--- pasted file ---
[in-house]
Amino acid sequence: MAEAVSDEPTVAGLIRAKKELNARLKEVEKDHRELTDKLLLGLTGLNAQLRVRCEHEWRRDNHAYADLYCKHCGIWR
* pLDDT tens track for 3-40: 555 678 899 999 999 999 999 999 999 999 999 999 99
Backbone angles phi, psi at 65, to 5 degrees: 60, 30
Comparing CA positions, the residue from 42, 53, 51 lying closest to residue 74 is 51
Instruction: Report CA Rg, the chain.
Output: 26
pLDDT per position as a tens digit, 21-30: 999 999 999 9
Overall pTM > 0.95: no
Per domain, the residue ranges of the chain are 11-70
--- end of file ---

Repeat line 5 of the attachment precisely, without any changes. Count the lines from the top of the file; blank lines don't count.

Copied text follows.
Comparing CA positions, the residue from 42, 53, 51 lying closest to residue 74 is 51